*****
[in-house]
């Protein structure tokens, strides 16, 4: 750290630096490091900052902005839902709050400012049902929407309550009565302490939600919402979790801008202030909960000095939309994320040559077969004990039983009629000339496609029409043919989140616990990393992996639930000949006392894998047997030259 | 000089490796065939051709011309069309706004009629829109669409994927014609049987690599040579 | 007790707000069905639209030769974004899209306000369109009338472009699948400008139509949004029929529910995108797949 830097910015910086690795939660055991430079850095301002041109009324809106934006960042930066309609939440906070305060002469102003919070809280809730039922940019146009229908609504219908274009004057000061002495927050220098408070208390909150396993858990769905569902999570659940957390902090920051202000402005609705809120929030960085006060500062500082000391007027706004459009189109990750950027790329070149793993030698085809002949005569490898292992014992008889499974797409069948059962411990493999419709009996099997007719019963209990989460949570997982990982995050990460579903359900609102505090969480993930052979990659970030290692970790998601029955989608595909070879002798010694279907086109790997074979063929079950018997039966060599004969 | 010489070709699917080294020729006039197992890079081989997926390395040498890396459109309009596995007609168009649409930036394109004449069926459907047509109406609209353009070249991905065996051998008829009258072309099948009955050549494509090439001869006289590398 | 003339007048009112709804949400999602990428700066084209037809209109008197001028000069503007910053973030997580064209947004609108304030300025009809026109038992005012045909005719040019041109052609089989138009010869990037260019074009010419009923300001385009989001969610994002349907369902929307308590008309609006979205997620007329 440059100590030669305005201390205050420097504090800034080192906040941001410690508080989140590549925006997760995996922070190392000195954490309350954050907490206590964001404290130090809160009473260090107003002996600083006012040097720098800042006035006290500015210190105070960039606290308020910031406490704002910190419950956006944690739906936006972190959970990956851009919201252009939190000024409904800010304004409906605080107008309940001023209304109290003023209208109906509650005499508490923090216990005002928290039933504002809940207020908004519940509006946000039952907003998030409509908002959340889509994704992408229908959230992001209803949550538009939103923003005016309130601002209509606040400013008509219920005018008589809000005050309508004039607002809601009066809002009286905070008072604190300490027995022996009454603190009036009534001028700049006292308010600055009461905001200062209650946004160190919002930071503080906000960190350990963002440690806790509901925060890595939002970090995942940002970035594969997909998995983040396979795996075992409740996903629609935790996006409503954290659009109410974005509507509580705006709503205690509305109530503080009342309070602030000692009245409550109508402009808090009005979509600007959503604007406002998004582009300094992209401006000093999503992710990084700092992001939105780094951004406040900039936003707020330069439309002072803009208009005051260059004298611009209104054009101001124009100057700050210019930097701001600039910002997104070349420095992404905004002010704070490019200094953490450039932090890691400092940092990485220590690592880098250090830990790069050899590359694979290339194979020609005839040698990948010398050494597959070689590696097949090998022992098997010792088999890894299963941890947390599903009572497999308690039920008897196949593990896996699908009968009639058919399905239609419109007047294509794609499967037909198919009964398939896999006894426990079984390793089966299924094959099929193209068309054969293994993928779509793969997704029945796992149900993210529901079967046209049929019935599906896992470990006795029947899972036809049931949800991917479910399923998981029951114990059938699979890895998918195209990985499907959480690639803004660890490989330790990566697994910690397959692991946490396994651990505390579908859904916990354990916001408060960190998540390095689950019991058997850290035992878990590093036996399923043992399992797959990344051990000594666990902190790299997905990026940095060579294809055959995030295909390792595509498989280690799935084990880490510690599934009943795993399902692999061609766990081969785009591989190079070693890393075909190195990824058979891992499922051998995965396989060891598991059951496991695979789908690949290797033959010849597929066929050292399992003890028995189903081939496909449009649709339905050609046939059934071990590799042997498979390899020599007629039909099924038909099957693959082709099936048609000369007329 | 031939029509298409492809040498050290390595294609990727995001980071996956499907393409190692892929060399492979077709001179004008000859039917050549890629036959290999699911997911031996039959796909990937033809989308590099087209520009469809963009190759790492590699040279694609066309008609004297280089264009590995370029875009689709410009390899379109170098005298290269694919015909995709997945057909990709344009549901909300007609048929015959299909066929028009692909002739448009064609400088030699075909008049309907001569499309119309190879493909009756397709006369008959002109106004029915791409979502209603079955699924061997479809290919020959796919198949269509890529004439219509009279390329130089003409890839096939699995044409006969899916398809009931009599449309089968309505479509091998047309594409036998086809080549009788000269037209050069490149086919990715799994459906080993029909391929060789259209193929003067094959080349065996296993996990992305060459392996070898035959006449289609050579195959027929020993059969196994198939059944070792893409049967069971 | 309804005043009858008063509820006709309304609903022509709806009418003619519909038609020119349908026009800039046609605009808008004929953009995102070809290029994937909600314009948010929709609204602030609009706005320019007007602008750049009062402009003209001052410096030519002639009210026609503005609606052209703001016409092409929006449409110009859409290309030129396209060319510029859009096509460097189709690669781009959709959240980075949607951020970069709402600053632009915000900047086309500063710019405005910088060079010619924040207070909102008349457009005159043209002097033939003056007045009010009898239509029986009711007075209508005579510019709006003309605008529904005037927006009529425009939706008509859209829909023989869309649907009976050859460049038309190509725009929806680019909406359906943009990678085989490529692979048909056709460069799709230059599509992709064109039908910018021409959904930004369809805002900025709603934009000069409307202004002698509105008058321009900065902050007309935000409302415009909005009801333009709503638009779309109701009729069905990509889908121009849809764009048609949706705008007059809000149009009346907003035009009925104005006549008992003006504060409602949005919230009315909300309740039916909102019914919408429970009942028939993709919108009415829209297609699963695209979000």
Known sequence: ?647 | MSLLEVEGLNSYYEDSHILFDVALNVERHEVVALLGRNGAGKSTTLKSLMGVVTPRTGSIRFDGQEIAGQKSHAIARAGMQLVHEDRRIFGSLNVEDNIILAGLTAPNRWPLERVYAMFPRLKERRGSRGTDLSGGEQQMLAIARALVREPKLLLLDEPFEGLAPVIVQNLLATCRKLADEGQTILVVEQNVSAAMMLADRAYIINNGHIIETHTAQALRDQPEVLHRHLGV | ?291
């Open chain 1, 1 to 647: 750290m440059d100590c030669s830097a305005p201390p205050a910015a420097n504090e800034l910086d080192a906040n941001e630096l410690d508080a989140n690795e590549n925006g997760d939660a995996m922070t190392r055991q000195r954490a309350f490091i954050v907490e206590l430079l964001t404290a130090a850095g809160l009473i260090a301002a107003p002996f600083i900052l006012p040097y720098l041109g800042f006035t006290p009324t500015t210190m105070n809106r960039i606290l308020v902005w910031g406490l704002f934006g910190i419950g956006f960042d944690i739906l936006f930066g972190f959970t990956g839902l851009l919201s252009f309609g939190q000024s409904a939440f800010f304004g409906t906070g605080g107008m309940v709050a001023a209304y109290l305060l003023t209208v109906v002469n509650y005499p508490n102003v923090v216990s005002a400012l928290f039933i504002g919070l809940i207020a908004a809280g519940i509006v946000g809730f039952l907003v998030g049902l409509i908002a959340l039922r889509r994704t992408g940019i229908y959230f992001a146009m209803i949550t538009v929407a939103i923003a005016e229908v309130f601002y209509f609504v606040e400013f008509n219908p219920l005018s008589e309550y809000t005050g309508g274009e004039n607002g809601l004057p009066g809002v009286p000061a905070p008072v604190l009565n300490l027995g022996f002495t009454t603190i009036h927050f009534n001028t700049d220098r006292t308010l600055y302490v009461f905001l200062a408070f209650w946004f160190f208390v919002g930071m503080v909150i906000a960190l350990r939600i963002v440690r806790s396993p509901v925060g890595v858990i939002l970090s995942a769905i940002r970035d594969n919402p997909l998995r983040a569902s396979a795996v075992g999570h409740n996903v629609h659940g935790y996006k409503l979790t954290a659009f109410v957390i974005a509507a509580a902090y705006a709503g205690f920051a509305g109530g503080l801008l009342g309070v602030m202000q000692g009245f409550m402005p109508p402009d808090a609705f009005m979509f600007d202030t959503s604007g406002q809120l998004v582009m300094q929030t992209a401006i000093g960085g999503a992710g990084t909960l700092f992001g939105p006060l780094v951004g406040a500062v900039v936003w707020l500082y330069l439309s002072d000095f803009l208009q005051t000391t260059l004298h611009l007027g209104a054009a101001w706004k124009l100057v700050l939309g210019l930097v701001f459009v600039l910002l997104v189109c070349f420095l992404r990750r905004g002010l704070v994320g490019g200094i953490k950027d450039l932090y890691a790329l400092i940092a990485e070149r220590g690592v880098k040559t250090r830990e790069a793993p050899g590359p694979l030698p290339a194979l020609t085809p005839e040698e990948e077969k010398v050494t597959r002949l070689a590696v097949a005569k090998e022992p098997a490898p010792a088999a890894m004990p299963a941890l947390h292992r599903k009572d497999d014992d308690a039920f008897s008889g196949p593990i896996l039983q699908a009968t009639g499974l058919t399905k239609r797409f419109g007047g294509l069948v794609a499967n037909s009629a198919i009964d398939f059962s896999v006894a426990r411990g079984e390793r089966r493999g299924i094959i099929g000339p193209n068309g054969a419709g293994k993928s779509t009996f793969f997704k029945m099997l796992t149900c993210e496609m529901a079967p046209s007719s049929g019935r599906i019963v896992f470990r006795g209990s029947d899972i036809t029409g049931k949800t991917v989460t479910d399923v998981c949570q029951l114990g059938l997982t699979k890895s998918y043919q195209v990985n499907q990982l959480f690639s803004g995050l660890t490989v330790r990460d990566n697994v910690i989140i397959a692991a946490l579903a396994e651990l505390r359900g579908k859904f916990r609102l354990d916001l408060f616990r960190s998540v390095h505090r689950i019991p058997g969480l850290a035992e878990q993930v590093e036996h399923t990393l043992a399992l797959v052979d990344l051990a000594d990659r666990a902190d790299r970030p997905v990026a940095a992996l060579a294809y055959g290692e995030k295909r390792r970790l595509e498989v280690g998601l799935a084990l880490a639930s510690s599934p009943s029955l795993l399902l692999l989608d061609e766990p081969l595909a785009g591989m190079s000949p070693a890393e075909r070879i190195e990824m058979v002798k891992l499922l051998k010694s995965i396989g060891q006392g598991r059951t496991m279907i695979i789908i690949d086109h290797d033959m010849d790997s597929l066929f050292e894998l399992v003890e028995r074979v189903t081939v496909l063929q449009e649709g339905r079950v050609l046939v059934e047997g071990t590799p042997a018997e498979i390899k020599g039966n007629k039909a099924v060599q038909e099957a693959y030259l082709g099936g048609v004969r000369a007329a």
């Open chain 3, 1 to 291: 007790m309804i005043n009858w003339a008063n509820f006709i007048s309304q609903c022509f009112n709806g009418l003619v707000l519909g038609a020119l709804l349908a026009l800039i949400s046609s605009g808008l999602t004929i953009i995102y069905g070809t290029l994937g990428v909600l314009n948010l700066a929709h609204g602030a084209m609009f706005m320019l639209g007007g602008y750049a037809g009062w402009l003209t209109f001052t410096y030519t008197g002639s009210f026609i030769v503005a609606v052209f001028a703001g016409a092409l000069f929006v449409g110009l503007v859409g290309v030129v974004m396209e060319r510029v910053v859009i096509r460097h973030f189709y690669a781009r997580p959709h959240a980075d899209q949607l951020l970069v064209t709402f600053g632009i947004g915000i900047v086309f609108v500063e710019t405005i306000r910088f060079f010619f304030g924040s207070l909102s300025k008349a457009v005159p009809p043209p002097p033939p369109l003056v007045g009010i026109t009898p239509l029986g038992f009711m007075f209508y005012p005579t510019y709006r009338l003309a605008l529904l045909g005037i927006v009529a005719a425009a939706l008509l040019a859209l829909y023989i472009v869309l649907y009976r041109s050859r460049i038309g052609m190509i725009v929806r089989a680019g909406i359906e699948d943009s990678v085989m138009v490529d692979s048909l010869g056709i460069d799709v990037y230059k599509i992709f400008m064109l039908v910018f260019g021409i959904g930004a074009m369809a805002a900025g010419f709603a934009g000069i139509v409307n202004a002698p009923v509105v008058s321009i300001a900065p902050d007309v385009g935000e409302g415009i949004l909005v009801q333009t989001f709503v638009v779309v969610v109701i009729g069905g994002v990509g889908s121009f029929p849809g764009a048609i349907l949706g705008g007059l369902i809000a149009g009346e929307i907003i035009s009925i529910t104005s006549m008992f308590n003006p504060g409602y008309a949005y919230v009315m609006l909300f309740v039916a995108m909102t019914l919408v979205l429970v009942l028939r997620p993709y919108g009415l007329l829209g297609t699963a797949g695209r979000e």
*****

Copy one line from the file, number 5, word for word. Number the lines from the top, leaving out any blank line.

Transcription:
């Open chain 3, 1 to 291: 007790m309804i005043n009858w003339a008063n509820f006709i007048s309304q609903c022509f009112n709806g009418l003619v707000l519909g038609a020119l709804l349908a026009l800039i949400s046609s605009g808008l999602t004929i953009i995102y069905g070809t290029l994937g990428v909600l314009n948010l700066a929709h609204g602030a084209m609009f706005m320019l639209g007007g602008y750049a037809g009062w402009l003209t209109f001052t410096y030519t008197g002639s009210f026609i030769v503005a609606v052209f001028a703001g016409a092409l000069f929006v449409g110009l503007v859409g290309v030129v974004m396209e060319r510029v910053v859009i096509r460097h973030f189709y690669a781009r997580p959709h959240a980075d899209q949607l951020l970069v064209t709402f600053g632009i947004g915000i900047v086309f609108v500063e710019t405005i306000r910088f060079f010619f304030g924040s207070l909102s300025k008349a457009v005159p009809p043209p002097p033939p369109l003056v007045g009010i026109t009898p239509l029986g038992f009711m007075f209508y005012p005579t510019y709006r009338l003309a605008l529904l045909g005037i927006v009529a005719a425009a939706l008509l040019a859209l829909y023989i472009v869309l649907y009976r041109s050859r460049i038309g052609m190509i725009v929806r089989a680019g909406i359906e699948d943009s990678v085989m138009v490529d692979s048909l010869g056709i460069d799709v990037y230059k599509i992709f400008m064109l039908v910018f260019g021409i959904g930004a074009m369809a805002a900025g010419f709603a934009g000069i139509v409307n202004a002698p009923v509105v008058s321009i300001a900065p902050d007309v385009g935000e409302g415009i949004l909005v009801q333009t989001f709503v638009v779309v969610v109701i009729g069905g994002v990509g889908s121009f029929p849809g764009a048609i349907l949706g705008g007059l369902i809000a149009g009346e929307i907003i035009s009925i529910t104005s006549m008992f308590n003006p504060g409602y008309a949005y919230v009315m609006l909300f309740v039916a995108m909102t019914l919408v979205l429970v009942l028939r997620p993709y919108g009415l007329l829209g297609t699963a797949g695209r979000e």